The stuff that bothers me are notes that lack any meaningful descriptive notes. I used to see this from Galloni and still see it from Wine Spectator notes on occasion. They will say something like, this is a very expressive cabernet that highlights the quality of the vintage with hi-toned aromatics and a long finish…That drives me insane. But what did it taste like? What notes did it express? What are the indicators of this vintage? In what style was the wine made? I see those as utter throwaways that are a disservice to consumers.

Likewise, I hate seeing things like “the wine is round.” I get the dislike of “linear.” We kind of know what “round” means…no hard edges, “soft”. Round tannins or a round chardonnay. Give me a break. How about well-integrated, soft tannins (even soft is iffy). Full malo results in a creamy texture with moderate to low acidity and a ripe baked apple and tropical fruit profile. It’s the cop-out notes that make me roll my eyes.

Development of tertiary flavors is not one of those cop-outs to me. If you’ve had old bordeaux or burgundy, there is a period at which the fruit profile fades in sweetness and the wine begins to exude forest floor, dried pipe tobacco, dead leaf pile, dried mushrooms, etc. Those are the tertiary notes that tend only to come with considerable age. It’s perhaps not the most specific term, but it has a very distinct meaning.

As John notes, if someone has that in a note on a 7 year old cab, they’re full of shit.

To the OP, understand that John is just 100% incorrect about pencil lead and mineral. champagne.gif

I believe Broadbent once described '45 Mouton as a ‘Winston Churchill of a wine.’

Because most wine writers are straight men.

I would love to drive the mystique/pomposity out of winespeak, that can be so intimidating to newcomers.

Good writers are clear, whether they are waxing lyrical or writing in a more functional manner. If using something out of the ordinary, then ensure the context around it makes it clearer e.g. “Linear progression as the initial fruits fade to the finish” tells me more than simply “linear”. Likewise “an elegant balance of herb-accented fruit with supportive acidity” vs. “Elegant”, telling me that there is a herbal element but it isn’t overpowering and neither is the acidity.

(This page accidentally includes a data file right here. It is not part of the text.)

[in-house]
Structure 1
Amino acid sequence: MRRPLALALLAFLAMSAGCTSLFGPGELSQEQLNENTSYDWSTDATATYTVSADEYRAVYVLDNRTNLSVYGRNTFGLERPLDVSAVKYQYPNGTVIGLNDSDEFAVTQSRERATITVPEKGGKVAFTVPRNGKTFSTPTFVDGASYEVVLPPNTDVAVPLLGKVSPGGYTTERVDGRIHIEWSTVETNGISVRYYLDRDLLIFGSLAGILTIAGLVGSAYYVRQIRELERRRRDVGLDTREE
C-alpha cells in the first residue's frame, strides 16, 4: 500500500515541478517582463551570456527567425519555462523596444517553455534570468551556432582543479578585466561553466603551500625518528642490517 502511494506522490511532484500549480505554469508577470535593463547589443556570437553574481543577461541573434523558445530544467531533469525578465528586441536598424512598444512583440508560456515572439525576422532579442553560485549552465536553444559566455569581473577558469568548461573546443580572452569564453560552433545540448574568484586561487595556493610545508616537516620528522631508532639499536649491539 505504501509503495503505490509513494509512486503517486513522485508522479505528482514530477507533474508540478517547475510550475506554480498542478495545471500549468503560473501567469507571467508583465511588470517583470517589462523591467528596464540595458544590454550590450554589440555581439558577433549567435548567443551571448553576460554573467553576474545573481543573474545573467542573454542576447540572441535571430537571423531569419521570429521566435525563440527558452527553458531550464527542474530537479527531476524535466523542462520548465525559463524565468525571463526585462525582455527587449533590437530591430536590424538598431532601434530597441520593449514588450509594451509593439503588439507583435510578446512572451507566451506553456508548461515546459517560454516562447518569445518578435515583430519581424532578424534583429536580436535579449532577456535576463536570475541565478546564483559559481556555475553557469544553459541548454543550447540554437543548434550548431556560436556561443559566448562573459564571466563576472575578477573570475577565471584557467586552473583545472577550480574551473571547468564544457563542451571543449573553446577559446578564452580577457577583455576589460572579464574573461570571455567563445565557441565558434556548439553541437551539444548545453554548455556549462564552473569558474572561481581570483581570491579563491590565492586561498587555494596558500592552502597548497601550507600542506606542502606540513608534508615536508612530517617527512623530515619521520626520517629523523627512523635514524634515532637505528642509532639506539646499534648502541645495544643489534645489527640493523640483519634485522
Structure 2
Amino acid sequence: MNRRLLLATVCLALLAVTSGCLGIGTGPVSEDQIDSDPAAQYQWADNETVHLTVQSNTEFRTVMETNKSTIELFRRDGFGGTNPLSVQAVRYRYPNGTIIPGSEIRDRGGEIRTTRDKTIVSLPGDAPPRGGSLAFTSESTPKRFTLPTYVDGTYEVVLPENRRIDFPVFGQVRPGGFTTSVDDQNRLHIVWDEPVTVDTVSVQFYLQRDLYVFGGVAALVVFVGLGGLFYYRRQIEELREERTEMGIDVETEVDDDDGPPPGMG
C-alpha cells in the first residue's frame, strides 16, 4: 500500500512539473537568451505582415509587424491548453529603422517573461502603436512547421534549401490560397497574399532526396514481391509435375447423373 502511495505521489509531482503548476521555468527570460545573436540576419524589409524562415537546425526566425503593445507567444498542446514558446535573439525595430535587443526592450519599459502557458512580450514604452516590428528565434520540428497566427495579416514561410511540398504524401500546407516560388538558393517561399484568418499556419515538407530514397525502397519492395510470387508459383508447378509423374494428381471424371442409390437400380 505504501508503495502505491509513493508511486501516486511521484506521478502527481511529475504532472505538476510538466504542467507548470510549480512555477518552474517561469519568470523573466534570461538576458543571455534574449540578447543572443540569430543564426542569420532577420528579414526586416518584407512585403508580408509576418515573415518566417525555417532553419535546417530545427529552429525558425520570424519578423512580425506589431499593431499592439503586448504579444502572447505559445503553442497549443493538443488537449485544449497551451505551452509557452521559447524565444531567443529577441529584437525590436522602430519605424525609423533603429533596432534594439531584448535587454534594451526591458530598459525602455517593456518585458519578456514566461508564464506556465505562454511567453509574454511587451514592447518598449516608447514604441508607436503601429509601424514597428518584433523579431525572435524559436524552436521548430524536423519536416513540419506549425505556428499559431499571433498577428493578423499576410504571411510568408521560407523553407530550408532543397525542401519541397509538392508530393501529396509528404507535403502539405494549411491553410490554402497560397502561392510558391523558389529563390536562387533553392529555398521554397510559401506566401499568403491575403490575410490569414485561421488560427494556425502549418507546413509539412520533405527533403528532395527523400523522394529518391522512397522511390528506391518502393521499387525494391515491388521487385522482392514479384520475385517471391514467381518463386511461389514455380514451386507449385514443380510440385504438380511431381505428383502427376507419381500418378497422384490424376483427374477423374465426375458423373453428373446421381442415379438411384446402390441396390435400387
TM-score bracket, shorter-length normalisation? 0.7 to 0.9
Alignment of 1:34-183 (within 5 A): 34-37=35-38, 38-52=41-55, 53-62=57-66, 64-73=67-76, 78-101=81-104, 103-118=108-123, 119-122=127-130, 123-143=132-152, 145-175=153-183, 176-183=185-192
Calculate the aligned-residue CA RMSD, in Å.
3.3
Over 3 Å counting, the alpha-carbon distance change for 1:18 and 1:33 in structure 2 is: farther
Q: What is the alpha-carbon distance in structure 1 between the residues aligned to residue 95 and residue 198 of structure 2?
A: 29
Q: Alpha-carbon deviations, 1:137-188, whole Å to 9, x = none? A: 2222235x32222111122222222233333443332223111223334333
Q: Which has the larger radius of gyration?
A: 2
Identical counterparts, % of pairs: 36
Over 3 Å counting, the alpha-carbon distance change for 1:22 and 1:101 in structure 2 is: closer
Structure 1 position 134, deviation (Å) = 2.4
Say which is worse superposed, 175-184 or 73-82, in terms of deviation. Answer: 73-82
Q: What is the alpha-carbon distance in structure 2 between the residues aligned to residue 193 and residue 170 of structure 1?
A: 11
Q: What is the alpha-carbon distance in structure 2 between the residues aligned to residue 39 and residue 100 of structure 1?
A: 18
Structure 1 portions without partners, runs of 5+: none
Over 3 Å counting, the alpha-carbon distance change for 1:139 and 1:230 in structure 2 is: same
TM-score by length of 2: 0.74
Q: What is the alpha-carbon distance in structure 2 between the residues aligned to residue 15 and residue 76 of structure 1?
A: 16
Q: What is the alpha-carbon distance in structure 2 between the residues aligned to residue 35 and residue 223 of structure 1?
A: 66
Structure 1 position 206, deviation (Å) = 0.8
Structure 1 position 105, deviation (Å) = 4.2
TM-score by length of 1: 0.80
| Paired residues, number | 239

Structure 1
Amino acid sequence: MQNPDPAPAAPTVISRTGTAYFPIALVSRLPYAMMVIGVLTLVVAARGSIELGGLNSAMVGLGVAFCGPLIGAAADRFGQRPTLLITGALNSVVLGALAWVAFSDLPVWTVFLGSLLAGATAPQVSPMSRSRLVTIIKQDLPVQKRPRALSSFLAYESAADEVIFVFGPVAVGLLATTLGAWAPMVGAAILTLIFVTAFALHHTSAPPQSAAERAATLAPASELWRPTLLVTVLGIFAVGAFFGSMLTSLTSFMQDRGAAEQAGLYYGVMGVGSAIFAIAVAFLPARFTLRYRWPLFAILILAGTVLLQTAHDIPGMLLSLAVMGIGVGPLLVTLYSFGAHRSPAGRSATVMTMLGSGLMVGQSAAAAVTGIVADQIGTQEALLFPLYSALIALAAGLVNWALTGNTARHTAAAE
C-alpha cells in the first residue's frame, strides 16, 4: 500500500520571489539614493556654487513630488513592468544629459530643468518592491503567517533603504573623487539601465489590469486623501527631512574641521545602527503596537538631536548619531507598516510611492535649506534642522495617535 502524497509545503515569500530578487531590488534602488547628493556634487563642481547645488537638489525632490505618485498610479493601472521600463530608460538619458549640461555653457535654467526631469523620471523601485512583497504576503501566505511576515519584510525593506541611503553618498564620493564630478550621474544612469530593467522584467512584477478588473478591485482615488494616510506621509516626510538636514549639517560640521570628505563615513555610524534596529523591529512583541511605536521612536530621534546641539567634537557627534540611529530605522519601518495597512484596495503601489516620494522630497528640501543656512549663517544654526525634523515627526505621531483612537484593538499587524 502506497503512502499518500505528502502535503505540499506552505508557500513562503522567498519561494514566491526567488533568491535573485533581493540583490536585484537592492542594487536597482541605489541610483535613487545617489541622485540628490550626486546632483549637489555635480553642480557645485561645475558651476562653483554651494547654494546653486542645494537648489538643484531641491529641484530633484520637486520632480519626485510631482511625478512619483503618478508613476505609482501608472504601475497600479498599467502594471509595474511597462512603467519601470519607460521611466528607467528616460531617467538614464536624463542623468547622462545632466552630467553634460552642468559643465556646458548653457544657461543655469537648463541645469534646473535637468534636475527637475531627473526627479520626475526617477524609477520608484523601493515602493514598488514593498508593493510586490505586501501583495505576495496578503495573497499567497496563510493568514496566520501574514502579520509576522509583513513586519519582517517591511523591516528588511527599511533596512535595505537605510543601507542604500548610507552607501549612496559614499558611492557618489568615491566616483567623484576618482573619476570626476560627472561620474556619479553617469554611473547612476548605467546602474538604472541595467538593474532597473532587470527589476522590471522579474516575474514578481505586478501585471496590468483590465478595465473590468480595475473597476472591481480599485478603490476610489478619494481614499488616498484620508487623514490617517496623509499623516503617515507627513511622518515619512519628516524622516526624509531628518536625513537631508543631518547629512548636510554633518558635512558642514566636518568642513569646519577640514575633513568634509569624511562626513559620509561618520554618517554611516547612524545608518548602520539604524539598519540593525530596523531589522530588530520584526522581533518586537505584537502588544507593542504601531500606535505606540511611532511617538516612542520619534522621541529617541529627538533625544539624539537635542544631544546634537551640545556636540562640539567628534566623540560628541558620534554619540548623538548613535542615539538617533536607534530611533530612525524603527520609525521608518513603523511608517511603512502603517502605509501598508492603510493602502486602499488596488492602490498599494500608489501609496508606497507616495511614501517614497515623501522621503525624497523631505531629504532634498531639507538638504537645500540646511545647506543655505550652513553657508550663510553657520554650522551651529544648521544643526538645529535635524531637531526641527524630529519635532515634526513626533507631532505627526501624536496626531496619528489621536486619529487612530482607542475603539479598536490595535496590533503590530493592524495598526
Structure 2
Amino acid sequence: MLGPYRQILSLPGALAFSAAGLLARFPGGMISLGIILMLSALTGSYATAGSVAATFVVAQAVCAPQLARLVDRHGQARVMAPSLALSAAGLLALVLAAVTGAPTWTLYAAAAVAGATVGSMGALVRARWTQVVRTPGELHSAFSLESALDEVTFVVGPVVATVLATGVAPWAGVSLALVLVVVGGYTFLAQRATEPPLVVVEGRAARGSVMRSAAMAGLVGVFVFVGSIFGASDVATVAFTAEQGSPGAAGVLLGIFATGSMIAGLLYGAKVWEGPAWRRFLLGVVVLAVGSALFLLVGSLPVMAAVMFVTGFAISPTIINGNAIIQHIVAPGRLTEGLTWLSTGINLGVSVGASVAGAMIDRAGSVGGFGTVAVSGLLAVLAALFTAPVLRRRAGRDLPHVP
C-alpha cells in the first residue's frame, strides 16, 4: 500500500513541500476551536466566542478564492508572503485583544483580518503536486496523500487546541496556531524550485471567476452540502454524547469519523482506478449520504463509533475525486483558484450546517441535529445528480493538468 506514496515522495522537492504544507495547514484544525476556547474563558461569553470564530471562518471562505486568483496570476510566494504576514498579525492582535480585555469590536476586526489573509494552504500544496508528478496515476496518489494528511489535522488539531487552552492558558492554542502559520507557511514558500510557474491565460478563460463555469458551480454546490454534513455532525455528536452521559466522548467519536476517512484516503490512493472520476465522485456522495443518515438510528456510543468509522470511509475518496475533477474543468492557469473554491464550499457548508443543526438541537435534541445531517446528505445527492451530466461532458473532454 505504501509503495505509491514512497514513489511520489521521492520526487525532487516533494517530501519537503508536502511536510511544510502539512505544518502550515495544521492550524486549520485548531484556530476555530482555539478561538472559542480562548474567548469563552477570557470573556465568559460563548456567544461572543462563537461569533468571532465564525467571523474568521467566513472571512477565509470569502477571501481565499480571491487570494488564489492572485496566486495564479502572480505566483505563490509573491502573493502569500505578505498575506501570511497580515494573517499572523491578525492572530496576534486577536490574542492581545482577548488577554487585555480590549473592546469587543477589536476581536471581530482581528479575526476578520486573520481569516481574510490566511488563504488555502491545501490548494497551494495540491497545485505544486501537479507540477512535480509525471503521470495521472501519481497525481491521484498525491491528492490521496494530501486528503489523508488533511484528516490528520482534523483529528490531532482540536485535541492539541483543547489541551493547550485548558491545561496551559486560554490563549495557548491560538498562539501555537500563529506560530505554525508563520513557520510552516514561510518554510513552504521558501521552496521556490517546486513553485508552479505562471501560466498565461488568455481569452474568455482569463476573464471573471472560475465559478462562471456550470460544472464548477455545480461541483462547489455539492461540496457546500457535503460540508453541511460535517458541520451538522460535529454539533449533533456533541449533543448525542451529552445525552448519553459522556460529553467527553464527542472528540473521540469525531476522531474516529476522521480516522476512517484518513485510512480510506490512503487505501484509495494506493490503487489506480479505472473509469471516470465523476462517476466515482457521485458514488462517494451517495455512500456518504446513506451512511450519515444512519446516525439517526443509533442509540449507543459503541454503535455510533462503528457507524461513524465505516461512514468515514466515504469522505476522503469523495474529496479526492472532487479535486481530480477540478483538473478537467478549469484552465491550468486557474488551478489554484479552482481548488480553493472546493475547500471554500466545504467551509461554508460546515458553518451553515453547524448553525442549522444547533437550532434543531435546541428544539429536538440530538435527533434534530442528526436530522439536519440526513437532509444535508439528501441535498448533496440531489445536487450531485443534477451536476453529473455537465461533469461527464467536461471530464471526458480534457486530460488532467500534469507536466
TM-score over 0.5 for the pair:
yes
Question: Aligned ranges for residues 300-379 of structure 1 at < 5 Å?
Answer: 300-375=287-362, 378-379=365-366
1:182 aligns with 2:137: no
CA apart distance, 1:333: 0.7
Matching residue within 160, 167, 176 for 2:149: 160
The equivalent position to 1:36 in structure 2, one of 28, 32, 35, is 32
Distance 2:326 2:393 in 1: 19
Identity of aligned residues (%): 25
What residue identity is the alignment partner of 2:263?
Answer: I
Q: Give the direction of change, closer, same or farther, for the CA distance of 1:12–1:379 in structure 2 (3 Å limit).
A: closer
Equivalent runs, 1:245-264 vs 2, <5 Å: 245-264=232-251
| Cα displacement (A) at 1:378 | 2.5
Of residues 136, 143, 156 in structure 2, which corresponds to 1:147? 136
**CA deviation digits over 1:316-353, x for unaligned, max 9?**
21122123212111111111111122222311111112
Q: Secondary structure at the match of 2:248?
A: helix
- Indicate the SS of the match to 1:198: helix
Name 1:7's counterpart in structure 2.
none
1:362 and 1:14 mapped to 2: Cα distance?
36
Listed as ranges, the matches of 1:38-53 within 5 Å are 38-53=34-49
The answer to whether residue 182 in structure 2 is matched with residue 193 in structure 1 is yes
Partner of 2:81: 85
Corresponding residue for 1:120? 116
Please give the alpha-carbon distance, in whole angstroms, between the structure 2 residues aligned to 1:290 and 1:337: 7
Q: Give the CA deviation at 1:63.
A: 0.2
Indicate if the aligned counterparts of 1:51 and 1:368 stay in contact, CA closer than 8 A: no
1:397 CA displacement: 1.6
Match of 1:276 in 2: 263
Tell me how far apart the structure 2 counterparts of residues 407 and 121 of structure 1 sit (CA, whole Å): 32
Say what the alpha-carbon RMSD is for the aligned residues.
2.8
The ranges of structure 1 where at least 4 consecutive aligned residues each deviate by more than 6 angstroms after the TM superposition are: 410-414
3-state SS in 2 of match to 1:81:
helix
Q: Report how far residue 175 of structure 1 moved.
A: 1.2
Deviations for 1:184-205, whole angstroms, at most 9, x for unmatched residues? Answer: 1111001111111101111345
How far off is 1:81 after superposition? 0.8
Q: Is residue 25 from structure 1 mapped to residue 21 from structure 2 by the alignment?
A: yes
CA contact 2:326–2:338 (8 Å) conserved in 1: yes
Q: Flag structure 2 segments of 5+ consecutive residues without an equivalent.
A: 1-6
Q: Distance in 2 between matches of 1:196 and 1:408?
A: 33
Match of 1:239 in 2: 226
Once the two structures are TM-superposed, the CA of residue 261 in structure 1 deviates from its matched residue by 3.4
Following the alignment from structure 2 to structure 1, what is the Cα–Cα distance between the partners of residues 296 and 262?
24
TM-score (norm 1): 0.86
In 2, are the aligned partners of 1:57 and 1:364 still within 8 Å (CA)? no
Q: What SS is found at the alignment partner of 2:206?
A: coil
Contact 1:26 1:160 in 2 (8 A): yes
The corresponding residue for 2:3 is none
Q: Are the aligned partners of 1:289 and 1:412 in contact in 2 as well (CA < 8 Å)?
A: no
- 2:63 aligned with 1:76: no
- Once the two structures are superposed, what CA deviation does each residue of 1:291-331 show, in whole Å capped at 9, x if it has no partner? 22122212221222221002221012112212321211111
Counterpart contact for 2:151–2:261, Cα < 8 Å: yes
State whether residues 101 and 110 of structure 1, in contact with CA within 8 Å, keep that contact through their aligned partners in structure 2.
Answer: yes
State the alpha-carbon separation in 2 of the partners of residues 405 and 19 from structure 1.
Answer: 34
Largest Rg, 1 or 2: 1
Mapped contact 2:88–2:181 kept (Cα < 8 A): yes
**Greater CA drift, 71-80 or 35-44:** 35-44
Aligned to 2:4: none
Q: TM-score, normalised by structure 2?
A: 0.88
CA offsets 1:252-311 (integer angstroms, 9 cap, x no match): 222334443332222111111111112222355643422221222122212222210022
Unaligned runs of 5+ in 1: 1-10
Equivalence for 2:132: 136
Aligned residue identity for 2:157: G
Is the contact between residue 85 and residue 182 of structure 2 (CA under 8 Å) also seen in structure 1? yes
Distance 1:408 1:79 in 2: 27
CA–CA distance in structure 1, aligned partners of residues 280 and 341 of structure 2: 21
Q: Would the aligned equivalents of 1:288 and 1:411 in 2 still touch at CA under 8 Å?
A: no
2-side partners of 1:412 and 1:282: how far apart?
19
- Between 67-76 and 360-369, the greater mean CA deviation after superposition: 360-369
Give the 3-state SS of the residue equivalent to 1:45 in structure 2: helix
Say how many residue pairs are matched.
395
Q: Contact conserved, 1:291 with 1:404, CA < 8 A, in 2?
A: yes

It’s scary starting to write tasting notes, and it can feel like this is a secret ‘insiders’ language. Good books on the subject help, and I always thought the TORB multi-choice tasting sheet was a lovely starters tool, that could take you from simply circling what you felt fittted, to doing that but then forming a tasting note from it. In effect that’s what I do as big walk-round tastings, writing a few key words, small phrases, but then working that into a coherent TN back at home a day or two later. I’d recommend those who are intimidated by this, but want to pursure it, to just start making basic notes for themselves, even if it starts as simple as “rich and smooth” or “Sharp, but drank better with food”… and don’t listen to us wine-wankers if we criticise!

Ian, That was useful and to the point. Bloody brilliant! -Jim

Like others have said (and I think you too, Jim!), having a sort of defined vocabulary can be very good for getting the point across to someone else (like WSET or Guildsomm tasting grid descriptors, etc), HOWEVER, I’m a big fan of using whatever non-standard flavor or aroma descriptor really jumps out at me at the time. Stuff like “white gummy bear” or “whiskey cherry” or “soap gum” or “goose poop on a dock” really take me there when a friend blurts them out.

Describing a wine as “linear” with developing “tertiary notes” can be communicative but it can also be completely obscure